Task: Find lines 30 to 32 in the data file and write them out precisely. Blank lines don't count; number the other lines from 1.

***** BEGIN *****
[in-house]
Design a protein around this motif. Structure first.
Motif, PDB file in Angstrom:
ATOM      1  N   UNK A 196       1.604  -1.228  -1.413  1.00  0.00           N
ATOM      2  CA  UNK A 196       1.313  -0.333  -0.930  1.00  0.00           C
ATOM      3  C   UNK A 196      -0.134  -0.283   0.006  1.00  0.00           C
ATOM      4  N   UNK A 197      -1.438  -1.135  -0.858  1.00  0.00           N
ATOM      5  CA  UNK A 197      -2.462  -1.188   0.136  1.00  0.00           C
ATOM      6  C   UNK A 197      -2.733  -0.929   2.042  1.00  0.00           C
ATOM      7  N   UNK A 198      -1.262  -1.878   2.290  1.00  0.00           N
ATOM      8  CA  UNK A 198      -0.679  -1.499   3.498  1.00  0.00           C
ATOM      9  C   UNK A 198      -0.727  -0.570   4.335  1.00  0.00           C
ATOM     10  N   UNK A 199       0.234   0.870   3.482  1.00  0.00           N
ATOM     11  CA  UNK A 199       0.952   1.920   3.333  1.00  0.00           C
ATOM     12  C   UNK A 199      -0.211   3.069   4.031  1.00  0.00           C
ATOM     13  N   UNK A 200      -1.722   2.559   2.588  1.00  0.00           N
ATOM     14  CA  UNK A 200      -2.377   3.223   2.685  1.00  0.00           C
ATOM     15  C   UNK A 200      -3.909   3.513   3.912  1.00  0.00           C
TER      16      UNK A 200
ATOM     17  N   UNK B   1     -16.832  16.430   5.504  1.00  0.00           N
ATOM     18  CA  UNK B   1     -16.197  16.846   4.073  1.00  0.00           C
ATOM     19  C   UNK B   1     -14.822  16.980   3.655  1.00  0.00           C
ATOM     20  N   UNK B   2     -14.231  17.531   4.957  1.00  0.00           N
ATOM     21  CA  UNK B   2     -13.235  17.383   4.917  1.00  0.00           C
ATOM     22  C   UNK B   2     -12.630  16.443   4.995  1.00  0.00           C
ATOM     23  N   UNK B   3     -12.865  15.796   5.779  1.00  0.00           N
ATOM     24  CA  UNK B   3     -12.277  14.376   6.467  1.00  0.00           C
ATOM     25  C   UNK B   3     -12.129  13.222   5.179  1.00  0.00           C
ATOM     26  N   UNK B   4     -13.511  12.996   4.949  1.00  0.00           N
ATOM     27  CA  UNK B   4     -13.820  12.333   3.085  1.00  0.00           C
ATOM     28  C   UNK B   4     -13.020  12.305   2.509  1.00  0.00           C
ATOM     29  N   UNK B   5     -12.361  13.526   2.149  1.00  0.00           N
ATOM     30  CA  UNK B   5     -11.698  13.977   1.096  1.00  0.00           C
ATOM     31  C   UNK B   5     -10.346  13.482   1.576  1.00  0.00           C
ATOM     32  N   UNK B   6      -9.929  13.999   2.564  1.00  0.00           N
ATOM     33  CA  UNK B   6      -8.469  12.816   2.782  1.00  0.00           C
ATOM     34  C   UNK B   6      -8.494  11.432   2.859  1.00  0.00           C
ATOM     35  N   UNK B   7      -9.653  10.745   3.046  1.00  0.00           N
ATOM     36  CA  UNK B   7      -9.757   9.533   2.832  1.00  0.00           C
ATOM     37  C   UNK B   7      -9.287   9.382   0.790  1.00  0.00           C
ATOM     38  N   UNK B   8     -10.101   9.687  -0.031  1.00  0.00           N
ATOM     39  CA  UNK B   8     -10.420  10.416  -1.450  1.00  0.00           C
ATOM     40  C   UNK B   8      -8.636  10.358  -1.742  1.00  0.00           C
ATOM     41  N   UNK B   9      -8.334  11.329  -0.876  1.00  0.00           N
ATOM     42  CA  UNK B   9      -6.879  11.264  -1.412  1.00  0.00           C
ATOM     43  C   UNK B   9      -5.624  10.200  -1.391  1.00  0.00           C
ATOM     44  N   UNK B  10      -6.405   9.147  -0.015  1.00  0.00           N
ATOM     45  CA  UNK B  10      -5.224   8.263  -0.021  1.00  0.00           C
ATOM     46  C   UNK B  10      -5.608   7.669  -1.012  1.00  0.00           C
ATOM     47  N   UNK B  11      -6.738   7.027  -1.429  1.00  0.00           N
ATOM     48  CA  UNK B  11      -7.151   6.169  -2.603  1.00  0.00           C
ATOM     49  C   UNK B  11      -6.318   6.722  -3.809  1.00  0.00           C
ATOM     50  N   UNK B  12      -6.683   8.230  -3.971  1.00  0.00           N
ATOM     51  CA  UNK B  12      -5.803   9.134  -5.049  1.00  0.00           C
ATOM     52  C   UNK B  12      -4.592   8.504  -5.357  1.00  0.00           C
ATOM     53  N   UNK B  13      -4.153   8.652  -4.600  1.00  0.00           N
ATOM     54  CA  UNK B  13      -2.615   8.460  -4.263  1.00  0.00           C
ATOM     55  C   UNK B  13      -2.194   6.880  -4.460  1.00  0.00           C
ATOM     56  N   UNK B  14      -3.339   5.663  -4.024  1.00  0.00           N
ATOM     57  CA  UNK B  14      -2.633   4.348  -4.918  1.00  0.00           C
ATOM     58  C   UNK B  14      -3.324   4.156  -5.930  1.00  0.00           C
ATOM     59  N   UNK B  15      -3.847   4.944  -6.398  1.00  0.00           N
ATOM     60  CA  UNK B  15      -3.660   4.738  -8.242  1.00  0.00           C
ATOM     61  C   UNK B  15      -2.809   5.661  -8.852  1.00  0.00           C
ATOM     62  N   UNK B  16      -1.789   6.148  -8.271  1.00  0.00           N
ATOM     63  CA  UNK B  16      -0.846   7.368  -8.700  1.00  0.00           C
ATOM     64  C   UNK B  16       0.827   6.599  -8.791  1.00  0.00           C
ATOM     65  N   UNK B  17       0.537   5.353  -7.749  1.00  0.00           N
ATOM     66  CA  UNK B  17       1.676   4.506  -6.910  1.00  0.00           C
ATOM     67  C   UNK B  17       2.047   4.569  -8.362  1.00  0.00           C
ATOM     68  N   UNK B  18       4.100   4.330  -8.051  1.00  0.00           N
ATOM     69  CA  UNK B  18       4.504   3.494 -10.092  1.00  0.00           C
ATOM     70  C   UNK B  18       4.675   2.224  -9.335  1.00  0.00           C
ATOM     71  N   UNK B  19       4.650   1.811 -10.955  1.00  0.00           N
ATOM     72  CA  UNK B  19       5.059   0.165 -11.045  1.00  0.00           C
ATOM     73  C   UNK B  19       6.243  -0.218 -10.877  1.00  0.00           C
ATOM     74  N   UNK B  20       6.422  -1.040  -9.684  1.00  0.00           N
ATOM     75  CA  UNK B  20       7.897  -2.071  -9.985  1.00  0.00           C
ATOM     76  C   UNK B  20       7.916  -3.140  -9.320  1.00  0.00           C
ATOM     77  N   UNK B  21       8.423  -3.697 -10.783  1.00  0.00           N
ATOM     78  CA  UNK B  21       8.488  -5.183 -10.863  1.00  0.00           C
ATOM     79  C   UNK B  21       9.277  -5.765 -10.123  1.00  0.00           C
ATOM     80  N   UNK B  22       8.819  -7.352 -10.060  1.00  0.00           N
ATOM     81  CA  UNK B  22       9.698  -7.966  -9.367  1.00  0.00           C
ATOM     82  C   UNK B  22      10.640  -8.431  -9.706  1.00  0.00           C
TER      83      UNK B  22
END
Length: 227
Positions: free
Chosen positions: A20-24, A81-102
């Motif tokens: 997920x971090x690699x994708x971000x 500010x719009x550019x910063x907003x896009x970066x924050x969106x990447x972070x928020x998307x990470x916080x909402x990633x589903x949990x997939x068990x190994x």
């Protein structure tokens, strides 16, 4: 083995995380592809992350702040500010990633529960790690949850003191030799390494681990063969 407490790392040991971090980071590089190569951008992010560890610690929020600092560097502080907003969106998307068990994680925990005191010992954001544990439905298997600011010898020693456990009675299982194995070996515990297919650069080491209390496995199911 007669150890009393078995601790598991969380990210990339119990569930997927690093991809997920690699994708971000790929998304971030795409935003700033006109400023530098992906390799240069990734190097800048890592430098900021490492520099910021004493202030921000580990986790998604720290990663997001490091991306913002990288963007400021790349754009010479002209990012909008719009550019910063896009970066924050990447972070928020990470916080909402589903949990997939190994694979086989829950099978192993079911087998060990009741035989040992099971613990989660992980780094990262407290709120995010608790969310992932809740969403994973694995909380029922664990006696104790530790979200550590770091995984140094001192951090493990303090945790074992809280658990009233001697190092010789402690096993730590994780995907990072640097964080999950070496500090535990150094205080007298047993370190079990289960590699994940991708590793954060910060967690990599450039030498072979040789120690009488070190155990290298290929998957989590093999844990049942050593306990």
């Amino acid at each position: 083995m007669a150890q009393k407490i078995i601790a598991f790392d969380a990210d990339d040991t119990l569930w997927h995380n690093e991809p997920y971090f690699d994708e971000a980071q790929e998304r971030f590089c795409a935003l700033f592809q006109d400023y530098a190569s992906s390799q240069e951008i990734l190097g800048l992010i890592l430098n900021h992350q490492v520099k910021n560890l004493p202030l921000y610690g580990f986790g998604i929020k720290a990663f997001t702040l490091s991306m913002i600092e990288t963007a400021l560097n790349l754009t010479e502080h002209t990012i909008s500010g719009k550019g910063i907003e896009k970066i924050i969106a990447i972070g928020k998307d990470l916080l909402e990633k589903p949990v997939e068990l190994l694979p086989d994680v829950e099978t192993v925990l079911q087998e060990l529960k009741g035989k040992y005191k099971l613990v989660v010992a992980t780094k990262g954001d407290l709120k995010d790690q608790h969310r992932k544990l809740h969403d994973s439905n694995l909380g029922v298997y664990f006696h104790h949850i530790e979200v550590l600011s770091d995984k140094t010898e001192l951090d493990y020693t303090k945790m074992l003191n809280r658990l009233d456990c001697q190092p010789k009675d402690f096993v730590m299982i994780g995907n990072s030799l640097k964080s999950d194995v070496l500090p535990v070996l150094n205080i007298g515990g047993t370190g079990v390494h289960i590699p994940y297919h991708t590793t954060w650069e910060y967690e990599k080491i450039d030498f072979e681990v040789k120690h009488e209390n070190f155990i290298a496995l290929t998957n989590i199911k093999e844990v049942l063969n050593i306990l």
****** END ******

ATOM     27  CA  UNK B   4     -13.820  12.333   3.085  1.00  0.00           C
ATOM     28  C   UNK B   4     -13.020  12.305   2.509  1.00  0.00           C
ATOM     29  N   UNK B   5     -12.361  13.526   2.149  1.00  0.00           N